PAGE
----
Namboole stadium to start receiving COVID-19 patients

Beds at Namboole
Beds at Namboole

The Ministry of Health has today received 210 beds as part of the COVID-19 auxiliary treatment center at Mandela National Stadium, Namboole. This was revealed in a tweet that was sent out on the Ministry’s twitter platform.

“With support from partners, capacity is being enhanced to 1,500 beds. The stadium will serve as a treatment center for asymptomatic and mild COVID-19 patients,” the tweet read.

Ministry of Health team at Namboole

Namboole is one of the areas which was set aside by the Ministry of Health to accommodate COVID-19 patients as a way of reducing the burden on the hospitals. The stadium is expected to house 2,000 patients.

“Namboole has been fitted with a bed capacity of 1,200 so far but will be expanded if the need arises,” said Dr. Charles Olaro, the Director of Clinical Services at the Ministry of Health.

As the ministry continues to attach all positive cases to treatment facilities, experts have come out to warn that this move of having everyone isolated in a treatment facility is not sustainable and creates unnecessary depletion of resources which would be helpful to those in most need. 

According to the Uganda Medical Association, the government needs to focus on moderate and severe cases and let the asymptomatic ones remain at home with continuous communication with health workers to report any progress but get in touch with the health workers when they notice any progression.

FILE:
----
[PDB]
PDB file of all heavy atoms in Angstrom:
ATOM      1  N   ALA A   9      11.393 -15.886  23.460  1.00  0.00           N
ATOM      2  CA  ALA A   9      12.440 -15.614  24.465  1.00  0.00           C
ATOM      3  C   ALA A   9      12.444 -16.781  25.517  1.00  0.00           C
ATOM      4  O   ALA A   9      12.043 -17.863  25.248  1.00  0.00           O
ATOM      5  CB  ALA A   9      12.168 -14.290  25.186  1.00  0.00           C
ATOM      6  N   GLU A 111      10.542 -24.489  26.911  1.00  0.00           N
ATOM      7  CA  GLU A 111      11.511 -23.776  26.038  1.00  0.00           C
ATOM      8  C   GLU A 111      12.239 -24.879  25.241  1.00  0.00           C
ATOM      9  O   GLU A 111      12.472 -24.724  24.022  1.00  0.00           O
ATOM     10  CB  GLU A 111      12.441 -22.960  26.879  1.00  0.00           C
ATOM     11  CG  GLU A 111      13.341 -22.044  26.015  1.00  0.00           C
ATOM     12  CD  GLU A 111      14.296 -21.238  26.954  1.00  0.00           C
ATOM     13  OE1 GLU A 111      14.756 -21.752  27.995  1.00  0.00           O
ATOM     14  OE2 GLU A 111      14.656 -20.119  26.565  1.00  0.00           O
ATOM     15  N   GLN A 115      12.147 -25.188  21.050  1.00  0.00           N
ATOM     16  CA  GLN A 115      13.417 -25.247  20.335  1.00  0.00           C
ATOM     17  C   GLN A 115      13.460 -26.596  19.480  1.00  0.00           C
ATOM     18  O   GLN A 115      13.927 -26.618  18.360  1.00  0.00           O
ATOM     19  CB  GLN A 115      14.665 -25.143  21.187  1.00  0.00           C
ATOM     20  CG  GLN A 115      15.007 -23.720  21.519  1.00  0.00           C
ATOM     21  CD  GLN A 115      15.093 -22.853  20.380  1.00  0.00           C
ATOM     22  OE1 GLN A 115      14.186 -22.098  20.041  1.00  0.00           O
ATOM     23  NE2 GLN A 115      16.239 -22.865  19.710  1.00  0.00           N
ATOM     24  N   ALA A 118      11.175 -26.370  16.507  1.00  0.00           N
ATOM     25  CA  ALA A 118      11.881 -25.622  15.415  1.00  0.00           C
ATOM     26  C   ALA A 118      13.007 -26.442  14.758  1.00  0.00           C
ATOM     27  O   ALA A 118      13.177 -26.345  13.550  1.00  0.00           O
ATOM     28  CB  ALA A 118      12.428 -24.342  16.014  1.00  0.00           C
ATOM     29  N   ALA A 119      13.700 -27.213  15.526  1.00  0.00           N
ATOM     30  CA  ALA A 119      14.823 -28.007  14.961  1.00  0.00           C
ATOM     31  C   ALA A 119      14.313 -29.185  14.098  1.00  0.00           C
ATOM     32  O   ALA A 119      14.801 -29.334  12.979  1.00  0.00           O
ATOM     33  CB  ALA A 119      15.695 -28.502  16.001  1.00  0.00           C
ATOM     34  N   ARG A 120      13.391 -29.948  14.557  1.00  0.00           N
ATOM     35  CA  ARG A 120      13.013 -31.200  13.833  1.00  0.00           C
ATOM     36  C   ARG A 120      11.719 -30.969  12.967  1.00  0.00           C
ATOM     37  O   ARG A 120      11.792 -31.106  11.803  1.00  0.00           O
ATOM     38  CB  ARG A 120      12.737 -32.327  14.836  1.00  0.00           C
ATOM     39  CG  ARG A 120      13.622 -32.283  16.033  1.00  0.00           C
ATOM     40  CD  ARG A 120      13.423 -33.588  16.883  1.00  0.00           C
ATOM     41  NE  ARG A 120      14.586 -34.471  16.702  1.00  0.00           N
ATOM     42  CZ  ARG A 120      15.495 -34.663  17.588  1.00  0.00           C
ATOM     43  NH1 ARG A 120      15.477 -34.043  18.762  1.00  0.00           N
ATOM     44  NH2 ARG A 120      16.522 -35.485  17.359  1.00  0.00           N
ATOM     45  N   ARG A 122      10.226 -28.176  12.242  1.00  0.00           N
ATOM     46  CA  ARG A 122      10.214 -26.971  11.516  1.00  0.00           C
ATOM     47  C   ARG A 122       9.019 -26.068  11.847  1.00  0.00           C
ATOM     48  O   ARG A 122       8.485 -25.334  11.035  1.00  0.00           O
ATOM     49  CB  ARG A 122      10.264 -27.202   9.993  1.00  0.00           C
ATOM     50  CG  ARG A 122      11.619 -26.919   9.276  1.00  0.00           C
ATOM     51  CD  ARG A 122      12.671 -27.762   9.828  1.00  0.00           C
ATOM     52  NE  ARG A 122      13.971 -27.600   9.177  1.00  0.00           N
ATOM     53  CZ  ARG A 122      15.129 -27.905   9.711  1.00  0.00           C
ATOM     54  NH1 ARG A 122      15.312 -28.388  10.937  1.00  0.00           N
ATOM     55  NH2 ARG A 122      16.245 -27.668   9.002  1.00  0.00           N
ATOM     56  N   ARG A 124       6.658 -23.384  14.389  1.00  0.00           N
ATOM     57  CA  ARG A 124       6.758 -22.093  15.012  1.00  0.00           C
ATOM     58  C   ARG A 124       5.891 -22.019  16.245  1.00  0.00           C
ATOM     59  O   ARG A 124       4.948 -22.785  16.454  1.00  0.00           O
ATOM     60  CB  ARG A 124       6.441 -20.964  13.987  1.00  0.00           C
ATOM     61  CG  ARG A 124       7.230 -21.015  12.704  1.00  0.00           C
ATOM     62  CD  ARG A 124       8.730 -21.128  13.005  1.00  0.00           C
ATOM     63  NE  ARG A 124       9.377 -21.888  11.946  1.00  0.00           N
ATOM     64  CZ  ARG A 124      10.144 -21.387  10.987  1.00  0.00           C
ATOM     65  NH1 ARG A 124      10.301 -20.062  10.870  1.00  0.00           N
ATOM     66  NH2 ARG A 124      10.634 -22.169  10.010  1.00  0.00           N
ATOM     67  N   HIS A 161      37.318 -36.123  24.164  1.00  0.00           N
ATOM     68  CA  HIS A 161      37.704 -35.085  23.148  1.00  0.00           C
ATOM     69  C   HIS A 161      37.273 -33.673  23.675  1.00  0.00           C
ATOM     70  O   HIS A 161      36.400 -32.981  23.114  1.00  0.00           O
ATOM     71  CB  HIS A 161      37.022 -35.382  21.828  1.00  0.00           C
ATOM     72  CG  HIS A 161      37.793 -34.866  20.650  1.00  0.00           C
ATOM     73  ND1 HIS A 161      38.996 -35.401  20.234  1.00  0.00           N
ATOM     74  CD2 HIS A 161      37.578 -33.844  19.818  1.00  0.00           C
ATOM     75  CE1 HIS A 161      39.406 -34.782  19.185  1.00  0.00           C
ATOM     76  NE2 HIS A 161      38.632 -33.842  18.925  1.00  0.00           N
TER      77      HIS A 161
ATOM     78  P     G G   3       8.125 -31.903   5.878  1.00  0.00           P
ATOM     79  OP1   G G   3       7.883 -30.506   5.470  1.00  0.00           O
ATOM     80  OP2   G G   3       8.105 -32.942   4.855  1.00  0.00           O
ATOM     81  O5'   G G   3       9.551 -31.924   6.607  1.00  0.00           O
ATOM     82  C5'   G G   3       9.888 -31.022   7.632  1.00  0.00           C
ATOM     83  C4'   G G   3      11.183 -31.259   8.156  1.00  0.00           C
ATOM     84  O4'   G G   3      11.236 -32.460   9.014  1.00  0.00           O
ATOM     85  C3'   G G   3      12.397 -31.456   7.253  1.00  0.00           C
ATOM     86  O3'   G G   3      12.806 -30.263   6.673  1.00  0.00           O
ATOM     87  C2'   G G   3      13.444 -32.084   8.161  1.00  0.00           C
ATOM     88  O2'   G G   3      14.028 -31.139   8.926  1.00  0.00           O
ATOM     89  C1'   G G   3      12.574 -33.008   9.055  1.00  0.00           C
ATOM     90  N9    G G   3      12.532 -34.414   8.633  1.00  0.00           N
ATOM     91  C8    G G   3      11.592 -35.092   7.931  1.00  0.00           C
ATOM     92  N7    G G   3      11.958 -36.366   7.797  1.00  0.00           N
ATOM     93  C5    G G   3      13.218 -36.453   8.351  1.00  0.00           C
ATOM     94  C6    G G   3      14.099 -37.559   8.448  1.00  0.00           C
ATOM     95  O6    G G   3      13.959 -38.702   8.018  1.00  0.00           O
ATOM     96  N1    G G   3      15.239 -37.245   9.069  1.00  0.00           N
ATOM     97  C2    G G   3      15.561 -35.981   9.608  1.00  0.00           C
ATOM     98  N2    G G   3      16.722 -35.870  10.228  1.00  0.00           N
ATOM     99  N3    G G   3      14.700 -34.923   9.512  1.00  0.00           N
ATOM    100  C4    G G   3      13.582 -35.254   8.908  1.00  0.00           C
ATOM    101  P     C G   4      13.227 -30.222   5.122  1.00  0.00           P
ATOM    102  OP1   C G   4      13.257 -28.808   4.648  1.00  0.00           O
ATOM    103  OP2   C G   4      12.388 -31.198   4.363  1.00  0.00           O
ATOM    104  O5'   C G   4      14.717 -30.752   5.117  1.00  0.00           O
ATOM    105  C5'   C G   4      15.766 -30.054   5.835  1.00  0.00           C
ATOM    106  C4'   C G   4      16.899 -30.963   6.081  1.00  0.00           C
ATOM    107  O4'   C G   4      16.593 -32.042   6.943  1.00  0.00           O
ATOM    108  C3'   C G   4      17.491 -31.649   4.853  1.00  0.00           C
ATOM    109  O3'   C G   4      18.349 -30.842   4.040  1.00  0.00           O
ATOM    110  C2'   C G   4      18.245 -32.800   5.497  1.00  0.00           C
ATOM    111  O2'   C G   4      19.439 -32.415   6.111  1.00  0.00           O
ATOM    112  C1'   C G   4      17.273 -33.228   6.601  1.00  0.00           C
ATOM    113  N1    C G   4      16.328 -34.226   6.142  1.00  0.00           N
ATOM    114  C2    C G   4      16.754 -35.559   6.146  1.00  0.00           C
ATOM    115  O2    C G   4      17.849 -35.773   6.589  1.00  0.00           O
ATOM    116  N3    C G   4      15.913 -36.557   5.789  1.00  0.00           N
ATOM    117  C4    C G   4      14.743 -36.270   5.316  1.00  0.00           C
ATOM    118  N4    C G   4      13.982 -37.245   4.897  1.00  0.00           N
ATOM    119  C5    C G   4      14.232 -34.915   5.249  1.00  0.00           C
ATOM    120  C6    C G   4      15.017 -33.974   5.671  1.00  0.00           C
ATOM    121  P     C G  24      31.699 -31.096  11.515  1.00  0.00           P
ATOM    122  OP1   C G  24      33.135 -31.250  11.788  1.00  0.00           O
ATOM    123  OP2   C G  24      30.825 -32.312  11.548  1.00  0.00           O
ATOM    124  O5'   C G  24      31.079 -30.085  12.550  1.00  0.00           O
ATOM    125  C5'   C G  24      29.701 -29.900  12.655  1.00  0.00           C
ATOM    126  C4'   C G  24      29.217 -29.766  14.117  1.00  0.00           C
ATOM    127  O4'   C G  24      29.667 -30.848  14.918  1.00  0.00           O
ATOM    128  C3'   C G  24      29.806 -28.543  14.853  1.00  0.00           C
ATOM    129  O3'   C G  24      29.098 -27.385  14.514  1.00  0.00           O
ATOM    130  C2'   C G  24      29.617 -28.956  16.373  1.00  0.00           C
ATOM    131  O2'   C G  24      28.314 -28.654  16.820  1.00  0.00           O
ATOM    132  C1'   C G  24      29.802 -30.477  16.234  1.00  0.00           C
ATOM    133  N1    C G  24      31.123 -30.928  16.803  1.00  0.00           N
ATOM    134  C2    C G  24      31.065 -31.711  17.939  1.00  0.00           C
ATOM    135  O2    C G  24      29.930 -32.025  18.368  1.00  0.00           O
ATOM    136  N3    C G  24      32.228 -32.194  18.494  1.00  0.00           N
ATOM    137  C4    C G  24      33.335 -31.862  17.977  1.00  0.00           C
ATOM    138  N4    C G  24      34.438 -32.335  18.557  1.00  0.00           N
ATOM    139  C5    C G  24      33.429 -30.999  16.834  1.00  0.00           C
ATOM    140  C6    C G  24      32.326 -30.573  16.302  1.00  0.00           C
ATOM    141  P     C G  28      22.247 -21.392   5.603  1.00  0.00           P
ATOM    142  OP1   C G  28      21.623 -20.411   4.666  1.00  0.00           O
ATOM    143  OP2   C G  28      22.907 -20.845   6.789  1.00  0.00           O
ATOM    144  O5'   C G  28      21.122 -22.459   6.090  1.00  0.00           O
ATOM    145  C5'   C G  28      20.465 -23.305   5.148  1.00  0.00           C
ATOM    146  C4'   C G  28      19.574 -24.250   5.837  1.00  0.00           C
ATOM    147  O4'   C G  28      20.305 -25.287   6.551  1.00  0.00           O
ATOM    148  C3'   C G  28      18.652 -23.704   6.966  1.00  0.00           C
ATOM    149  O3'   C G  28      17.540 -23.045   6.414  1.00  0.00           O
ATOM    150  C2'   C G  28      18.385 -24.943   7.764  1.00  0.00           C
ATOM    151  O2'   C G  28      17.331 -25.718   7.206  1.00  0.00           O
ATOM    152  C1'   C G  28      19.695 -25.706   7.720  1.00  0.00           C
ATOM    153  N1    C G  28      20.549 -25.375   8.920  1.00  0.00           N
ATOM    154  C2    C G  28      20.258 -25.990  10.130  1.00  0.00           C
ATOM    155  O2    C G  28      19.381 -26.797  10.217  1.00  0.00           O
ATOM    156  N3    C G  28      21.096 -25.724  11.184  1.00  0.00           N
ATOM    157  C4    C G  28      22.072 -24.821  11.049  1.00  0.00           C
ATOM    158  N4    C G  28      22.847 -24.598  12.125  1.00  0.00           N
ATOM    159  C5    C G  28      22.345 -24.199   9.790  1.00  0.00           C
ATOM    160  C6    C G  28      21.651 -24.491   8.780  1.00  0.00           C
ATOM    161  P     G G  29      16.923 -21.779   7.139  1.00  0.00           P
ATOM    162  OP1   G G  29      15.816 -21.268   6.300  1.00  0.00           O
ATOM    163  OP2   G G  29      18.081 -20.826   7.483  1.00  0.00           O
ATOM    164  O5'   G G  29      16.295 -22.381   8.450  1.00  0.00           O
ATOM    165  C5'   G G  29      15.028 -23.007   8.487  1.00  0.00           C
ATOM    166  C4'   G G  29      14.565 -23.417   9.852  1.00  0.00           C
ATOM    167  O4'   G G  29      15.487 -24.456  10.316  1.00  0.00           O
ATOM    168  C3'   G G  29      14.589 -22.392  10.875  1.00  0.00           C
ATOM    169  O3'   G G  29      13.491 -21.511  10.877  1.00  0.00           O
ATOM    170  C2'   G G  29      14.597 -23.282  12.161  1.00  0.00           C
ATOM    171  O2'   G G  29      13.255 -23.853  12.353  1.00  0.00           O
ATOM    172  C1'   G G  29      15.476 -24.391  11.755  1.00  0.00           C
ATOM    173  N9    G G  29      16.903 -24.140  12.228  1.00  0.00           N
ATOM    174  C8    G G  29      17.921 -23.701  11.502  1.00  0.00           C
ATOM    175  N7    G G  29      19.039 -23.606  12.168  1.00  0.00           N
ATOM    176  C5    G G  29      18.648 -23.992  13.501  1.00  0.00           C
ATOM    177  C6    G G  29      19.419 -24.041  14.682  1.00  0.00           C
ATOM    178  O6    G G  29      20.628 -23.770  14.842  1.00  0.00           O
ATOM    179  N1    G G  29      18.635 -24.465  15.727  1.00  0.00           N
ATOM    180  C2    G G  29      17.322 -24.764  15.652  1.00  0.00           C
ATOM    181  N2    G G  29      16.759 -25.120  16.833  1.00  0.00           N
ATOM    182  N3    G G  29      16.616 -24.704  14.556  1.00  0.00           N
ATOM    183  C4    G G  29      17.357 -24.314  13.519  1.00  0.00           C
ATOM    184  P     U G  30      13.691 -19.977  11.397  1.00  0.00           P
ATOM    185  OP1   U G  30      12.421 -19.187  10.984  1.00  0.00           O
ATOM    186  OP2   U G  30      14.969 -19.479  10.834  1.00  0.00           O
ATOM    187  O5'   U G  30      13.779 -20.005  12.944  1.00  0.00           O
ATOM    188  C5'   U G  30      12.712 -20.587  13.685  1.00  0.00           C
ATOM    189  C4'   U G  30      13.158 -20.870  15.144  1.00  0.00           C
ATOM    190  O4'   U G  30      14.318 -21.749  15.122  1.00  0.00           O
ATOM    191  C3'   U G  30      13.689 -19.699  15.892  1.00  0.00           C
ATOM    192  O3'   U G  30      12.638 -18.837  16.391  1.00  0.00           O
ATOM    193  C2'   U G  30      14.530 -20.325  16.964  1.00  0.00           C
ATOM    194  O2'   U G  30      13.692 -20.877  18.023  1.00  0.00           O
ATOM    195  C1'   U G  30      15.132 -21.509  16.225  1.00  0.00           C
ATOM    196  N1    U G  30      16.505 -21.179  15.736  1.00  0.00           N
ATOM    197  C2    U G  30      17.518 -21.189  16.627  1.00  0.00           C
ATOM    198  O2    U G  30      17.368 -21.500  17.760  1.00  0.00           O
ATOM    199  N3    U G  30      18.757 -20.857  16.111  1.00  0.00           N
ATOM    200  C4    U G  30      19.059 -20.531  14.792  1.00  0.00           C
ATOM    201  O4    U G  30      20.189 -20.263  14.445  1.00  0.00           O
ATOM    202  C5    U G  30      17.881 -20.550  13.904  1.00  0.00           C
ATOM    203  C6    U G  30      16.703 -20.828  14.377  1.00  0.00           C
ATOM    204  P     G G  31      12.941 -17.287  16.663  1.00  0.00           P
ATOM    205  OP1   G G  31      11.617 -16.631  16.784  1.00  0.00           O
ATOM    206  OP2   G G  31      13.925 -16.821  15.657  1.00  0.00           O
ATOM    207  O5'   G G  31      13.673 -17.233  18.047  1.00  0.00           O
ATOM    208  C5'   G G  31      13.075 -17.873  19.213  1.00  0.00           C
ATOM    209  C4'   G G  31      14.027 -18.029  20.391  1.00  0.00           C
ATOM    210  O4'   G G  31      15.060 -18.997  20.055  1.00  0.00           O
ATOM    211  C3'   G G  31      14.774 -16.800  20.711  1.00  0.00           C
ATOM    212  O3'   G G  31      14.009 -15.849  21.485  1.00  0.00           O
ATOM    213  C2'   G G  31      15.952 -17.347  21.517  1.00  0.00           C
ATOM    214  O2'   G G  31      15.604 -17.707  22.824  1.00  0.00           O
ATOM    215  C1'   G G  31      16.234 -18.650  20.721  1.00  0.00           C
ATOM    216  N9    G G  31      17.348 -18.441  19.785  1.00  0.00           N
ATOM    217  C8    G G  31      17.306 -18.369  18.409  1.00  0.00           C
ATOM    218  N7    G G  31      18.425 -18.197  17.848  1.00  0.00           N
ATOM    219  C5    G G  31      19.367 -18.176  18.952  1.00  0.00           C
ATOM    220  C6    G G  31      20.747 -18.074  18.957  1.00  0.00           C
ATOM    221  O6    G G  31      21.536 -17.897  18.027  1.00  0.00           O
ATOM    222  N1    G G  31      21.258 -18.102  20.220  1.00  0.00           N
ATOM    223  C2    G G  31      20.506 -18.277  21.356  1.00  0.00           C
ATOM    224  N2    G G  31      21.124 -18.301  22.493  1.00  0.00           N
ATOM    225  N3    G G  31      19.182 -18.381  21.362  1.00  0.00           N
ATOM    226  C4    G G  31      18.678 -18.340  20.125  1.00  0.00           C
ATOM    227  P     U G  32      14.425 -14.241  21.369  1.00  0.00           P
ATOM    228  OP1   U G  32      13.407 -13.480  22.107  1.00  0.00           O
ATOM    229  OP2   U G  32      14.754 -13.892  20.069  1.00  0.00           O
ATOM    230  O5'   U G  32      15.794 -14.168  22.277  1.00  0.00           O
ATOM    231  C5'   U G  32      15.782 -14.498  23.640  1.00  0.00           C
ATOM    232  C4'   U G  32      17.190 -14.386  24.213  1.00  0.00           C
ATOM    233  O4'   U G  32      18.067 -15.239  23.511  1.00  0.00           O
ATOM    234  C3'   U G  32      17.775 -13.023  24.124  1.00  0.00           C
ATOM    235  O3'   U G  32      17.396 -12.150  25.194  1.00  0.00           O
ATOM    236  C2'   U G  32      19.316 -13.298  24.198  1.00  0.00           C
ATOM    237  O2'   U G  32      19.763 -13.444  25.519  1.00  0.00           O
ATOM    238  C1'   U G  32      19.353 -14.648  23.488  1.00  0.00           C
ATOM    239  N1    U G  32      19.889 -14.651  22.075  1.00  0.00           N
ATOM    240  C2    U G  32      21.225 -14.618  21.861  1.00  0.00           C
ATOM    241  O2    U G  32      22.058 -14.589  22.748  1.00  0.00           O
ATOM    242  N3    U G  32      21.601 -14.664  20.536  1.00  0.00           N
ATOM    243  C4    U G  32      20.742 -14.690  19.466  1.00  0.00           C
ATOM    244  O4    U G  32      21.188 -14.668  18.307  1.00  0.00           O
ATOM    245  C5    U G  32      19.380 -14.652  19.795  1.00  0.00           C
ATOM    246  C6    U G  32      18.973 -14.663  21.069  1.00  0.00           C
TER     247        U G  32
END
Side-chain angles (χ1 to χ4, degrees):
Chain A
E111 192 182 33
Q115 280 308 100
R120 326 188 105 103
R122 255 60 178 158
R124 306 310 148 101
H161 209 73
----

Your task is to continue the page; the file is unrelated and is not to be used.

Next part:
However, Dr. Olaro says as of now, the government will continue to isolate or treat all COVID-19 patients in treatment facilities because controlling their movements would be next to possible if they are left in their homes.

“It’s hard to control positive cases when they are home and can easily interact with people. We have more than enough space at Nambole stadium and can even put tents in the field if the halls fill up,” Dr. Olaro explained.

Currently, 3,564 Ugandans have so far been confirmed positive with COVID-19, and out of these, 1,489 have successfully recovered.

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